Top international recognition for food policy's Assoc Prof Mark Huffman
The US based The National Academy of Medicine (NAM) today announced the 2019 Emerging Leaders in Health and Medicine Scholars.
Mark Huffman, Associate Professor at the Food Policy Division of The George Institute, and Associate Professor of Preventive Medicine at Northwestern University was named one of 10 early- to mid-career professionals from a wide range of health-related fields, from microbiology and surgery to sociology and biomedical engineering.
Young leaders in this program are selected by NAM leadership to engage in a variety of activities throughout the National Academies of Sciences, Engineering, and Medicine (National Academies) over a three-year term, beginning on July 1, 2019, for this new class. Activities include biannual meetings in Washington, D.C., with NAM leadership; planning an annual Emerging Leaders Forum; participating in National Academies convening activities; publishing NAM Perspectives; and attending the NAM’s annual meeting each October.
Acting Executive Director of The George Institute Professor Bruce Neal said this would provide an incredible opportunity for Assoc Prof Huffman and cemented him as one of the brightest minds in both cardiovascular and food policy research worldwide. Prof Neal said “We are incredibly fortunate to have someone of Mark’s caliber and expertise working at The George Institute and addressing some of the most pressing challenges in health and medicine.”
“Selected to the National Academy of Medicine’s Emerging Leaders in Health and Medicine program for their leadership qualities, these extraordinary individuals represent the next generation of leading scientists, health care providers, public health professionals, and policymakers, who are poised to shape the future of science, medicine, and health equity,” said NAM President Victor J. Dzau.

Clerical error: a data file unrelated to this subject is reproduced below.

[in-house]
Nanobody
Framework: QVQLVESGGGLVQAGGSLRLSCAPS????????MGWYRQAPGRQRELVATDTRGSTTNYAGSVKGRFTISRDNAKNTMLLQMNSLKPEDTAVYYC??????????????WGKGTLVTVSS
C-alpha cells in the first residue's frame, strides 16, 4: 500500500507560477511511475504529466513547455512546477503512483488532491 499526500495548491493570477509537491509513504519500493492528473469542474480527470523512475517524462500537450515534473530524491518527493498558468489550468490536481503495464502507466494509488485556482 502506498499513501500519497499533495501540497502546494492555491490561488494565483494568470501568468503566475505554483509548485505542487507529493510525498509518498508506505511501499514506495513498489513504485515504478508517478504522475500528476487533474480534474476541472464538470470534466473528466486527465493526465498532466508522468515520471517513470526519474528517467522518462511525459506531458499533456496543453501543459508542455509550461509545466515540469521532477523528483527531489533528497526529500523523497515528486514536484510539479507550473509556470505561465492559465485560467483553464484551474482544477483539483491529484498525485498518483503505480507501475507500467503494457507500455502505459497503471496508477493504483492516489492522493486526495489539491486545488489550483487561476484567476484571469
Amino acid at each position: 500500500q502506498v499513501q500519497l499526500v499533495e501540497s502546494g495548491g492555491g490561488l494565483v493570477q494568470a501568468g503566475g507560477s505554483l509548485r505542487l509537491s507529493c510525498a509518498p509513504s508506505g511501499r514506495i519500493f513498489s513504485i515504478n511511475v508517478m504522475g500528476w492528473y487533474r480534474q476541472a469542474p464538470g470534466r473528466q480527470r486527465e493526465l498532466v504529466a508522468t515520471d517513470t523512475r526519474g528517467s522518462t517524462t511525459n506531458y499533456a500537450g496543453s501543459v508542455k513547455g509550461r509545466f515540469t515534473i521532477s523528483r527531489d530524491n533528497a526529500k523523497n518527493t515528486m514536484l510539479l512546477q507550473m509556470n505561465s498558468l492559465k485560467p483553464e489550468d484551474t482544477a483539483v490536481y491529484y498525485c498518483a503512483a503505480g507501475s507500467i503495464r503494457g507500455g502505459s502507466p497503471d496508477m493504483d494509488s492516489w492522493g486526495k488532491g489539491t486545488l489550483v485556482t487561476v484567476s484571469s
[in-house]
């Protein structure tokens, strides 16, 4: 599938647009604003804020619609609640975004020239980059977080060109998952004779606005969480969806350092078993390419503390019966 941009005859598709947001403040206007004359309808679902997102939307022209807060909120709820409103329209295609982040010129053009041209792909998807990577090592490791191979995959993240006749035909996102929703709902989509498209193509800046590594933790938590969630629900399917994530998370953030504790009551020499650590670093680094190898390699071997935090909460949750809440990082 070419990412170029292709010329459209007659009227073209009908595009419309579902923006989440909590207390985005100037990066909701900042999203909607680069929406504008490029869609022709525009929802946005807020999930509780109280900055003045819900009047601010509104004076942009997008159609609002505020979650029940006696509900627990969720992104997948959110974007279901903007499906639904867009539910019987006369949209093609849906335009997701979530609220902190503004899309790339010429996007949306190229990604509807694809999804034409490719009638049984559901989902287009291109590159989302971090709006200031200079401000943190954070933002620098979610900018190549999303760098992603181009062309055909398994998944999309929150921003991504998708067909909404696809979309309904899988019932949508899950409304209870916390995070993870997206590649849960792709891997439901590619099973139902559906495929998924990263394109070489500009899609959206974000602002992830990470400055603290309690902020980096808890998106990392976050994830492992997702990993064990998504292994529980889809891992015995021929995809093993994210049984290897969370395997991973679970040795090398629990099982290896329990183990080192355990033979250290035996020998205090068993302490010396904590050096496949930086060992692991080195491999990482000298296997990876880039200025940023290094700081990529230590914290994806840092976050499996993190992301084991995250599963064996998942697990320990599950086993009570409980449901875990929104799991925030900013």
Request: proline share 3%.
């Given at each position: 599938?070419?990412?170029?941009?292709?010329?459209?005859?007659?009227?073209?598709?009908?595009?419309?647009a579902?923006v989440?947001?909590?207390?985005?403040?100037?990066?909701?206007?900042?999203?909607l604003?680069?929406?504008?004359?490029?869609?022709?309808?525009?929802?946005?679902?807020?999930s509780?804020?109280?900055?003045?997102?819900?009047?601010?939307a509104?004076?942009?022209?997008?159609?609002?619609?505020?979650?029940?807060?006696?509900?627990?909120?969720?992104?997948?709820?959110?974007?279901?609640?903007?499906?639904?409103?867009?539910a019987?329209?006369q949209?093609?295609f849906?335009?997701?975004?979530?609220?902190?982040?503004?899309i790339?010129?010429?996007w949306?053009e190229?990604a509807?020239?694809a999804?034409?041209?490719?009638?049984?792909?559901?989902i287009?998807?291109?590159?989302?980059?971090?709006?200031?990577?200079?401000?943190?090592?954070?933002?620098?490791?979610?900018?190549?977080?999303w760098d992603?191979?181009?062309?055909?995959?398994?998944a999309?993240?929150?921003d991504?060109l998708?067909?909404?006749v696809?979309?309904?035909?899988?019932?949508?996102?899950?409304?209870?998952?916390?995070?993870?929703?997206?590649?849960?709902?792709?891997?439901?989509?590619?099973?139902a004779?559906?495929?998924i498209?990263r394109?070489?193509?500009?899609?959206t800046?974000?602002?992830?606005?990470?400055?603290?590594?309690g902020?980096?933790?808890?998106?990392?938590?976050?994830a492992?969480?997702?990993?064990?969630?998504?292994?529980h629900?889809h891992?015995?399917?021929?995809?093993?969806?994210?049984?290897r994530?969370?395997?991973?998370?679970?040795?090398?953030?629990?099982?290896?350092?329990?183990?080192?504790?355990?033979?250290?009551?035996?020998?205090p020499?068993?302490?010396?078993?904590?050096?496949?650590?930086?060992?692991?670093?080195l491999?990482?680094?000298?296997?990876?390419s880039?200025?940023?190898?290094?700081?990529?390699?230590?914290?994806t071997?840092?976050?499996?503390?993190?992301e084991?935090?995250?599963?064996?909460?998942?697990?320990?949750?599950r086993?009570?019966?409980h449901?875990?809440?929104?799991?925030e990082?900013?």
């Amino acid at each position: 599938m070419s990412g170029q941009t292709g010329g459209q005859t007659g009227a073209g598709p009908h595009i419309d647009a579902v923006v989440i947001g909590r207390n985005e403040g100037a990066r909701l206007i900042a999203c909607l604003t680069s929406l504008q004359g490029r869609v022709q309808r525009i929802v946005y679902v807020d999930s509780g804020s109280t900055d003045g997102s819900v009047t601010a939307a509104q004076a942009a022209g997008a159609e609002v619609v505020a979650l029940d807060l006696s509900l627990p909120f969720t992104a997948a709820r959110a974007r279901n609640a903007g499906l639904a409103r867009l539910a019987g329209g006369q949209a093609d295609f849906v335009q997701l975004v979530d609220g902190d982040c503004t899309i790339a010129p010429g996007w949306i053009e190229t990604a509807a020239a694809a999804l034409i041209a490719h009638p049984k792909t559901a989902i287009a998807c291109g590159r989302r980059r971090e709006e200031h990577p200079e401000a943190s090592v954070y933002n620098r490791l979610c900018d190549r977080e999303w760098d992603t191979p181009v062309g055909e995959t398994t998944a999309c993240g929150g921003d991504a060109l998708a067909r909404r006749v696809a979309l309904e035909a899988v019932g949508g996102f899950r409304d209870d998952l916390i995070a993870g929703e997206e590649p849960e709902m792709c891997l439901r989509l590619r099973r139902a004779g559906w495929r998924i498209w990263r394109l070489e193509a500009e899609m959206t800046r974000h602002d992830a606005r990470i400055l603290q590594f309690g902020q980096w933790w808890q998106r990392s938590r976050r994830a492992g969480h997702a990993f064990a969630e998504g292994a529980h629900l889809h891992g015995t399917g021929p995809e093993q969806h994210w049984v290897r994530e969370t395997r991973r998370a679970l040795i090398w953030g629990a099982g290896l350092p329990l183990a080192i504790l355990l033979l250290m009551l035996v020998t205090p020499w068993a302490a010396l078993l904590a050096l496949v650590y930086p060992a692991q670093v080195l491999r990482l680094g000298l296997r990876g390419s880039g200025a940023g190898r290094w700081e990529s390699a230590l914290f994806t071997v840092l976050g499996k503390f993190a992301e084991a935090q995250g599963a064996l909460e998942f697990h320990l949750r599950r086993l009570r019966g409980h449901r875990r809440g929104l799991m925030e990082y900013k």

The Emerging Leaders program facilitates opportunities for mentorship, collaboration, and innovation among the participants, NAM members, and experts across sectors. The emerging leaders will attend the NAM Emerging Leaders Forum, to be held in Washington, D.C., July 17-18, 2019. The forum will provide an opportunity for invited participants to share their activities and insights on cutting-edge developments in a wide range of fields through collaborative work and interdisciplinary discussions among the nation’s evolving leadership in health and medicine.
The National Academy of Medicine, established in 1970 as the Institute of Medicine, is an independent organization of eminent professionals from diverse fields including health and medicine; the natural, social, and behavioral sciences; and beyond. It serves alongside the National Academy of Sciences and the National Academy of Engineering as an adviser to the nation and the international community. Through its domestic and global initiatives, the NAM works to address critical issues in health, medicine, and related policy and inspire positive action across sectors. The NAM collaborates closely with its peer academies and other divisions within the National Academies of Sciences, Engineering, and Medicine.
About Mark Huffman
Mark is a Quentin D. Young Professor of Health Policy and Associate Professor of Preventive Medicine and Medicine-Cardiology at Northwestern University's Feinberg School of Medicine and director of the Center for Global Cardiovascular Health within the Institute for Global Health at Northwestern. He has a secondary appointment as an Associate Professor of Food Policy at The George Institute for Global Health. He is a practicing cardiologist, researcher, and teacher interested in global cardiovascular health epidemiology, clinical trials, implementation science, health systems and policy research and training. He works across the spectrum of cardiovascular disease prevention in research on acute cardiovascular quality improvement, simplifying pharmacotherapy through fixed-dose combinations, programmatic implementation and evaluation for large-scale hypertension control, monitoring and improving the US and global food and medicine supply, and achieving tobacco endgame. Mark aims to improve global cardiovascular health and health care, especially in low- and middle-income countries, and to bring lessons learned back home to the United States.